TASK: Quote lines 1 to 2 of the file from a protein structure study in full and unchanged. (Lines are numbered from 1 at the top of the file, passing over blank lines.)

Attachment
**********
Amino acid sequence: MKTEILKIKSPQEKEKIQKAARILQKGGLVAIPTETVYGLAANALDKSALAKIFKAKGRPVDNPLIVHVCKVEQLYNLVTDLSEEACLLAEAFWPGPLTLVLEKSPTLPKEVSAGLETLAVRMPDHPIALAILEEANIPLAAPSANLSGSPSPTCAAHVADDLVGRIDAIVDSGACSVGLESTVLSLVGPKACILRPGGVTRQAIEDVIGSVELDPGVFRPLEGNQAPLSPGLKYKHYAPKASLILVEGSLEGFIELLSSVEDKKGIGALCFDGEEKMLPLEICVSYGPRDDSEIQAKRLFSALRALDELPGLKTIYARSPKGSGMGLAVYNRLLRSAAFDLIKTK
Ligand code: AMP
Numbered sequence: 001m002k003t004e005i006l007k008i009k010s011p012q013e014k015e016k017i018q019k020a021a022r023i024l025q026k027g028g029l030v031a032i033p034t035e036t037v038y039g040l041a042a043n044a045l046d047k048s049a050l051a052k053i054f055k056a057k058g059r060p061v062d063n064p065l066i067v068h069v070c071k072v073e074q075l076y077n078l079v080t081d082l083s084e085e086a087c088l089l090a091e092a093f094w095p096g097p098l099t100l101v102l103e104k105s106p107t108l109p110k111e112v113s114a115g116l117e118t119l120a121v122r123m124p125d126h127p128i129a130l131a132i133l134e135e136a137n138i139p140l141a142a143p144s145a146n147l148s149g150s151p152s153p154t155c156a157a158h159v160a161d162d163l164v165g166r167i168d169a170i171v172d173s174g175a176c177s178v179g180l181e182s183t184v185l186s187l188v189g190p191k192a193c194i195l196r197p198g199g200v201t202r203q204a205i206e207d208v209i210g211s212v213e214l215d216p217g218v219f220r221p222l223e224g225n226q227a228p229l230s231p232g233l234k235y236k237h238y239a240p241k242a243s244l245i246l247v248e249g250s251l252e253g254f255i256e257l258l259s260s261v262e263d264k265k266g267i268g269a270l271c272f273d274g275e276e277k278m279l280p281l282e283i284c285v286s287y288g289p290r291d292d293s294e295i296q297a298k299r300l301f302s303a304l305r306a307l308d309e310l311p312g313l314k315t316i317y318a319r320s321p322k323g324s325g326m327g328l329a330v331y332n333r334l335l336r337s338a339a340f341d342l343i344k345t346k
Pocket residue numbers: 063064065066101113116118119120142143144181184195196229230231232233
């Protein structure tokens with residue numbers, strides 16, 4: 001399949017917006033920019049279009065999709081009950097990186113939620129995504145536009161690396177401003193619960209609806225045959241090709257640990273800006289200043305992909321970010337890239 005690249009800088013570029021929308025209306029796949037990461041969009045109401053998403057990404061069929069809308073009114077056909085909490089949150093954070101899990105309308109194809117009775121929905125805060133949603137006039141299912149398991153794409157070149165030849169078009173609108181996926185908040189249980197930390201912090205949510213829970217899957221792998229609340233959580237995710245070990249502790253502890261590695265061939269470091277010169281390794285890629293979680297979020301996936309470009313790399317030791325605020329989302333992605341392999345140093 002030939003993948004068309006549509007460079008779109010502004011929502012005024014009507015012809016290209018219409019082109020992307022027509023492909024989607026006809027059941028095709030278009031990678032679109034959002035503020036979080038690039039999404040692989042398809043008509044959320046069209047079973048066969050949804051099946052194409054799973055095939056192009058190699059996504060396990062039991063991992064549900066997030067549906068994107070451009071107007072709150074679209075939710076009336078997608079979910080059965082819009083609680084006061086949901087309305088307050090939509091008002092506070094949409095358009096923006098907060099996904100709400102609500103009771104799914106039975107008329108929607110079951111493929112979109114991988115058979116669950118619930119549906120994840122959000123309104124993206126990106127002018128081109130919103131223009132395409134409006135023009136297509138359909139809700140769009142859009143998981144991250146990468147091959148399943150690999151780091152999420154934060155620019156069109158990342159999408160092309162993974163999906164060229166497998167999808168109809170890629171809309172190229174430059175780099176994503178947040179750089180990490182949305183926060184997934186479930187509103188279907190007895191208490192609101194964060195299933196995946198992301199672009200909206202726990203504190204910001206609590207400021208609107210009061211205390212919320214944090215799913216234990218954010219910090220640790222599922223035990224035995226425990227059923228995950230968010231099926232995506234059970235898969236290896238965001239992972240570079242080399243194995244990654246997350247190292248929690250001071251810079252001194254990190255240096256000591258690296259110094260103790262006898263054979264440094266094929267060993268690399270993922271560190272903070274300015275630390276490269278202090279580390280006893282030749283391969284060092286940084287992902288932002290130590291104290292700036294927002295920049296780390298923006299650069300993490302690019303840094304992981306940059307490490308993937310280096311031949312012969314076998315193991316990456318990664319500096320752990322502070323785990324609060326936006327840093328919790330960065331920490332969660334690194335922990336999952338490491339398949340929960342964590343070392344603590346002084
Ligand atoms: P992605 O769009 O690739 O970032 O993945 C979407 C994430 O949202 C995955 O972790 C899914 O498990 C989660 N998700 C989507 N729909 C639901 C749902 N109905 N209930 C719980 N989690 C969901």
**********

Amino acid sequence: MKTEILKIKSPQEKEKIQKAARILQKGGLVAIPTETVYGLAANALDKSALAKIFKAKGRPVDNPLIVHVCKVEQLYNLVTDLSEEACLLAEAFWPGPLTLVLEKSPTLPKEVSAGLETLAVRMPDHPIALAILEEANIPLAAPSANLSGSPSPTCAAHVADDLVGRIDAIVDSGACSVGLESTVLSLVGPKACILRPGGVTRQAIEDVIGSVELDPGVFRPLEGNQAPLSPGLKYKHYAPKASLILVEGSLEGFIELLSSVEDKKGIGALCFDGEEKMLPLEICVSYGPRDDSEIQAKRLFSALRALDELPGLKTIYARSPKGSGMGLAVYNRLLRSAAFDLIKTK
Ligand code: AMP